Tools for classroom innovation

Jane Basnett

Jane Basnett is head of MFL at Downe House, a successful Independent Girls School in Berkshire. She has been teaching for almost 20 years and is still learning. She achieved an MA in Digital Technology for Language Teaching at Nottingham University.

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Website: janeebasnett.blogspot.co.uk Email This email address is being protected from spambots. You need JavaScript enabled to view it.

I always love using technology in the classroom. Making the most of digital tools allows me to bring another dimension to my teaching, and gives me the opportunity to enhance those pedagogically-sound practices that teachers know, trust and use on a day-to-day basis.

To restrict my suggestions to just a few will be difficult, but I shall give it a go nonetheless.

Edmodo
has played an important part in my classroom of late and is, in my opinion, a vital tool for language teachers. It allows you to create a virtual learning environment (VLE) if you wish, where work can be assigned and quizzes created that can be automatically marked if desired. Longer pieces of work can be uploaded, attached and completed,"Interaction could only take place between pairs of students." and your markbook can be fully integrated. However, as impressive as this is, these benefits are not what originally drew me to the tool. I was more interested in how Edmodo could help my students connect and collaborate with other linguists across the world. Such collaboration is not restricted to students as Edmodo is rich with teachers collaborating and sharing resources and ideas.

Within Edmodo it is very simple to join groups of teachers who can collaborate on specific topics and educational areas. As a linguist, when I first signed up a couple of years ago I was looking for a French-speaking partner school with whom my students could interact, and within days I had found a number of possible avenues to explore. Two years later, I have run a couple of successful projects where English and French students have interacted and learnt about each other's lives.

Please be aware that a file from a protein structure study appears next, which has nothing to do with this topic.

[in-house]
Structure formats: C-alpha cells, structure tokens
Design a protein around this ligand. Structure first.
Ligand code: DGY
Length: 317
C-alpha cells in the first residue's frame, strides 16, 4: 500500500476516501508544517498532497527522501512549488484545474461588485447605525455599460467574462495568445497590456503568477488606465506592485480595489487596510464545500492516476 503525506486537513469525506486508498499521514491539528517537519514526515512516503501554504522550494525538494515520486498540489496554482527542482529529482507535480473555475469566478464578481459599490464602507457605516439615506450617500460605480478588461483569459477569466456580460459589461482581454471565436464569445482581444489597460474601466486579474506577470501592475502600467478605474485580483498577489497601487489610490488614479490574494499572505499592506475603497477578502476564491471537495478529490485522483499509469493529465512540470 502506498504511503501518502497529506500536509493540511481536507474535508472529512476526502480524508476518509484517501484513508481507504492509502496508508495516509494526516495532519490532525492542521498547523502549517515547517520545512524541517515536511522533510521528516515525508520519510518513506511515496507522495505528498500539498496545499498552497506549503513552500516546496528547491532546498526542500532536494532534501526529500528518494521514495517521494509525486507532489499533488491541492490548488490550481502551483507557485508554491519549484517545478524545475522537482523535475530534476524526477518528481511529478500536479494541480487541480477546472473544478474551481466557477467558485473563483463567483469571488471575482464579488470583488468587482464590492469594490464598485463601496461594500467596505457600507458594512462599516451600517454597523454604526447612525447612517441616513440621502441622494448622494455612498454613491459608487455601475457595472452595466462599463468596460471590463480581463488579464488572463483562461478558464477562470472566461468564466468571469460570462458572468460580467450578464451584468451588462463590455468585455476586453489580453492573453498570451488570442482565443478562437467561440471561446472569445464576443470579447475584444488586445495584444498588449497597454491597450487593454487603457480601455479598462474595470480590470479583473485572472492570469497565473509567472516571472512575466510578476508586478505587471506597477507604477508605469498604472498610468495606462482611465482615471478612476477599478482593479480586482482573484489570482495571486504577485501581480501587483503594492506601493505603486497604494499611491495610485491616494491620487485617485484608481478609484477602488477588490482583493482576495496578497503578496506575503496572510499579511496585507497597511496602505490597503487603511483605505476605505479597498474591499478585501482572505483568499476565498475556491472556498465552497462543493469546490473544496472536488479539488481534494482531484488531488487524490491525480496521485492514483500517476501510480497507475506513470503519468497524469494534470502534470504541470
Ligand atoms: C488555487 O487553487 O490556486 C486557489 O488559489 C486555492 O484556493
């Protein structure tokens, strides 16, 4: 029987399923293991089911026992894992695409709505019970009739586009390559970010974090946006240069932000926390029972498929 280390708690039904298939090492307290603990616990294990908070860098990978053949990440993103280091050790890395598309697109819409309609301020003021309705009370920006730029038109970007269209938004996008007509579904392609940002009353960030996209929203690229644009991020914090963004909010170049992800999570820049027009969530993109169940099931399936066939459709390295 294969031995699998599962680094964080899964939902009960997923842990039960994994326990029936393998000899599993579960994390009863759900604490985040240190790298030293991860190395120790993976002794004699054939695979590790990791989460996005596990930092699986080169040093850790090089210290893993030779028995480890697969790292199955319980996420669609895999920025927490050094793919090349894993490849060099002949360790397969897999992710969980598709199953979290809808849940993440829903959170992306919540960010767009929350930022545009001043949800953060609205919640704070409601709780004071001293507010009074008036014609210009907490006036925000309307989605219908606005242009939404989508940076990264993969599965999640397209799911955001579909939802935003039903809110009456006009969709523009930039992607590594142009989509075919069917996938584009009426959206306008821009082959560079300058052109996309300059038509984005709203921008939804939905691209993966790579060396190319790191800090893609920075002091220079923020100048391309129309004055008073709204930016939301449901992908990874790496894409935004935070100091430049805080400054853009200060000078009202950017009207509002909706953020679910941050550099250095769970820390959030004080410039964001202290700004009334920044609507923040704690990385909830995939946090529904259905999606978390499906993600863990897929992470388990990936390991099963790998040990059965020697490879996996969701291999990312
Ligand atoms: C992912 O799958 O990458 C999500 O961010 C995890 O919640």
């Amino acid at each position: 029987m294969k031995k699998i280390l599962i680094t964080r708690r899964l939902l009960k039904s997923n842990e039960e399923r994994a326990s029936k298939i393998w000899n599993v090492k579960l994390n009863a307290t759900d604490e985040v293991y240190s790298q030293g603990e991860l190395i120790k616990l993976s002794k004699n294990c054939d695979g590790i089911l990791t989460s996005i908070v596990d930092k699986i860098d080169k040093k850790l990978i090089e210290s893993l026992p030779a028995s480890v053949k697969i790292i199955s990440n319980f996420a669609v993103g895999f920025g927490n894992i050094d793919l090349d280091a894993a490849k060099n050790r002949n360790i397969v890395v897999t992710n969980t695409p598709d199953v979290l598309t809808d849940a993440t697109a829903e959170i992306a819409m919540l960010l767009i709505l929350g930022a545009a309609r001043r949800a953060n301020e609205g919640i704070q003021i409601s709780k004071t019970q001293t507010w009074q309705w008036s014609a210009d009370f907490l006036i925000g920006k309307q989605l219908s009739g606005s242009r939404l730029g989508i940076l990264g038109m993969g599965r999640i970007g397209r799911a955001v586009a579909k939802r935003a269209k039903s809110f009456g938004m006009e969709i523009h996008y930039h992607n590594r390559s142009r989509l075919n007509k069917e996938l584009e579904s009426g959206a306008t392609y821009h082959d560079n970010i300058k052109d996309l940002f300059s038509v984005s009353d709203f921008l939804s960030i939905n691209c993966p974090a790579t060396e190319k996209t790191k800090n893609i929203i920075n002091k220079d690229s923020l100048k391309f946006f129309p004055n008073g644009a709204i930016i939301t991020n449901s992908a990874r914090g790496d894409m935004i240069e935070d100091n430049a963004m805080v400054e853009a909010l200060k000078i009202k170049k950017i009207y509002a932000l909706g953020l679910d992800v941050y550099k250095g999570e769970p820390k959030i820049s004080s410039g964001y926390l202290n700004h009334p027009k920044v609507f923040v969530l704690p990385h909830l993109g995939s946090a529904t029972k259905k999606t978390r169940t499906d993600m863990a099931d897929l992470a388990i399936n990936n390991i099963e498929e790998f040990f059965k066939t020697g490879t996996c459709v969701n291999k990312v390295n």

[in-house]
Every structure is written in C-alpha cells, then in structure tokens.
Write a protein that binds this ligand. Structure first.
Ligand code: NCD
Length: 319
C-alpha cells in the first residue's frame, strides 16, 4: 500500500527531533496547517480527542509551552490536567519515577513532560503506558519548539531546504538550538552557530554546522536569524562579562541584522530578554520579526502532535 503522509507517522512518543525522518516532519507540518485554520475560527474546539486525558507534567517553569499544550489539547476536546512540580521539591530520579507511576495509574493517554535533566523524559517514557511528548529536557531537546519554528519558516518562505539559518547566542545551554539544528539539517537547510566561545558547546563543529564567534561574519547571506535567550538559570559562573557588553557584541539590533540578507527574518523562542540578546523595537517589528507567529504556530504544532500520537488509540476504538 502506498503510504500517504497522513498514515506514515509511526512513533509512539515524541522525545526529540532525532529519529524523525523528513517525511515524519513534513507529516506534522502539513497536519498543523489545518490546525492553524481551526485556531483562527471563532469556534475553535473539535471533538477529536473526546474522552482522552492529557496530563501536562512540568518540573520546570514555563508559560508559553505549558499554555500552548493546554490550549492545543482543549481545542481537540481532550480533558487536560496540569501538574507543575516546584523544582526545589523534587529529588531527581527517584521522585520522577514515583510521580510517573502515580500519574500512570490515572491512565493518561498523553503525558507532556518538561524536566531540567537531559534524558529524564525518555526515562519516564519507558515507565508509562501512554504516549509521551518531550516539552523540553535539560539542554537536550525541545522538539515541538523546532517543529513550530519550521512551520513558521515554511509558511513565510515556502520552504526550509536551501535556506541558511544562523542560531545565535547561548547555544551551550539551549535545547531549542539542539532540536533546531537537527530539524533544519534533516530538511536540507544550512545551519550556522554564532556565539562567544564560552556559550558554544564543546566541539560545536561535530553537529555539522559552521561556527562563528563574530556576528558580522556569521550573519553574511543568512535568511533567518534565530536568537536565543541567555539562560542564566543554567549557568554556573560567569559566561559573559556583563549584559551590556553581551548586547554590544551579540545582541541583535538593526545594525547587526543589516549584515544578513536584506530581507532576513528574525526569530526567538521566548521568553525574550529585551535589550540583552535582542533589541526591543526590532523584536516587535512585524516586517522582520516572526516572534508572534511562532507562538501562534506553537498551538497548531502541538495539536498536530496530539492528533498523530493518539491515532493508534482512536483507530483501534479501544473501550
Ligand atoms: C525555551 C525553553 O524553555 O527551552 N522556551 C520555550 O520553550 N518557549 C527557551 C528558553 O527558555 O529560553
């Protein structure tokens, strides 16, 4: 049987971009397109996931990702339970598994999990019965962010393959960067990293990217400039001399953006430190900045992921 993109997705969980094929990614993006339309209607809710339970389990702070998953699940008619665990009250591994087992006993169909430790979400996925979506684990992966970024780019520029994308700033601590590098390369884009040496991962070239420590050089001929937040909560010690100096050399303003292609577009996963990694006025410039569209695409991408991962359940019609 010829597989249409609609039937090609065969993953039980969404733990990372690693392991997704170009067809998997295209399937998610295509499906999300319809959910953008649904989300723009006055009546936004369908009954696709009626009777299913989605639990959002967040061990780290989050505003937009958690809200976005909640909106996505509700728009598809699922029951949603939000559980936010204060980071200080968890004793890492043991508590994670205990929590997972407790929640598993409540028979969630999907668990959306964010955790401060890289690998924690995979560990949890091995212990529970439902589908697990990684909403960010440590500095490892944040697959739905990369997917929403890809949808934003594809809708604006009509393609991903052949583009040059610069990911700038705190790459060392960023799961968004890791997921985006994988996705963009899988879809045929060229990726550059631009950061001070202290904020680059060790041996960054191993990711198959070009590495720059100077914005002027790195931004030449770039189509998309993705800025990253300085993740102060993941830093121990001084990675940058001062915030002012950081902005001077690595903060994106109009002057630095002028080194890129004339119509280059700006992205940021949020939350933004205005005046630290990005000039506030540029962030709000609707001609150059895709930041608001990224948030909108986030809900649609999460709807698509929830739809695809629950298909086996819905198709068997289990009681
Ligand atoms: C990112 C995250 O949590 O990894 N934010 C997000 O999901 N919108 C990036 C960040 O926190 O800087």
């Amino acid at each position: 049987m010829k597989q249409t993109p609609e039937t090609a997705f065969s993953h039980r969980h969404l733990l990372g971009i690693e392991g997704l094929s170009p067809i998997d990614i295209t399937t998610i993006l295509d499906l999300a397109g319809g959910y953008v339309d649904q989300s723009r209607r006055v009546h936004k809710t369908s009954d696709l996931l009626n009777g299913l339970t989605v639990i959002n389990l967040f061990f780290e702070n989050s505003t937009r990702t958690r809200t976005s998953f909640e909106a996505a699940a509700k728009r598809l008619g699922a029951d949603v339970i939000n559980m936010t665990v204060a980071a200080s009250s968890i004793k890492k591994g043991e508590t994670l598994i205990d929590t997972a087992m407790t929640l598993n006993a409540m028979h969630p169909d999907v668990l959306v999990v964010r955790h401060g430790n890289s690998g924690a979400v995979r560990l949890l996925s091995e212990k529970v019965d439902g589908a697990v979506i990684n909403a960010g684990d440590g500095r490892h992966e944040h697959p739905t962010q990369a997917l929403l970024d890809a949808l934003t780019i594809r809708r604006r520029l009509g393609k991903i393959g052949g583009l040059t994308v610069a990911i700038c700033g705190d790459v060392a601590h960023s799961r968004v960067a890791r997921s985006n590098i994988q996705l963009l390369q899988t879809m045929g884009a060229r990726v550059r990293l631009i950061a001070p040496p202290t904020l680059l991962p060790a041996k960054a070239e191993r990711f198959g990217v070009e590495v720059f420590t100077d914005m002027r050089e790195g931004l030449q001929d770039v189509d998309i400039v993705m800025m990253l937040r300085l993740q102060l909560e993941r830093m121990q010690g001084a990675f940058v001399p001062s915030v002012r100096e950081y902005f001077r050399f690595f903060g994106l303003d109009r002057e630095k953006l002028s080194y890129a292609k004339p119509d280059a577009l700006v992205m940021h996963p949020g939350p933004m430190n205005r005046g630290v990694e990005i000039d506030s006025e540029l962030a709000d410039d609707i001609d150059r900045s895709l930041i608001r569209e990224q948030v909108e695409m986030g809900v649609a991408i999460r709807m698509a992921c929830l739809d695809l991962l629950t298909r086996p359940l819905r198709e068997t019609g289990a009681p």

The most recent project found students explaining to each other in their native language how they cared for their local environment. Not only did my students learn about how their French counterparts deal with issues that are relevant for all, but also, they were able to express themselves in the second language (in this case, French or English), and have their work checked by a native speaker. Those involved loved the opportunity to learn some more idiomatic expressions and the chance to use their language for real communication. Students were set up in mini-groups where interaction could only take place between pairs of students and the two teachers involved in the project. In this day and age where we are concerned about student e-safety, the parameters that can be set in Edmodo make it an attractive tool to use. Furthermore, at a time where global understanding is paramount any project that connects classrooms across the world and promotes such interactions is a must.

My second tool which has featured high up on my list of favoured tools of late is Google Classroom. Once again, the ability to collaborate is key. Students can be set to work in groups and study from their own devices anytime and anywhere. It is important to add that it is not just the teacher who can set up groups so students can collaborate. The students themselves can elect another student (or many other students with whom to share their work). Output is not restricted to documents, but spreadsheets and presentations too.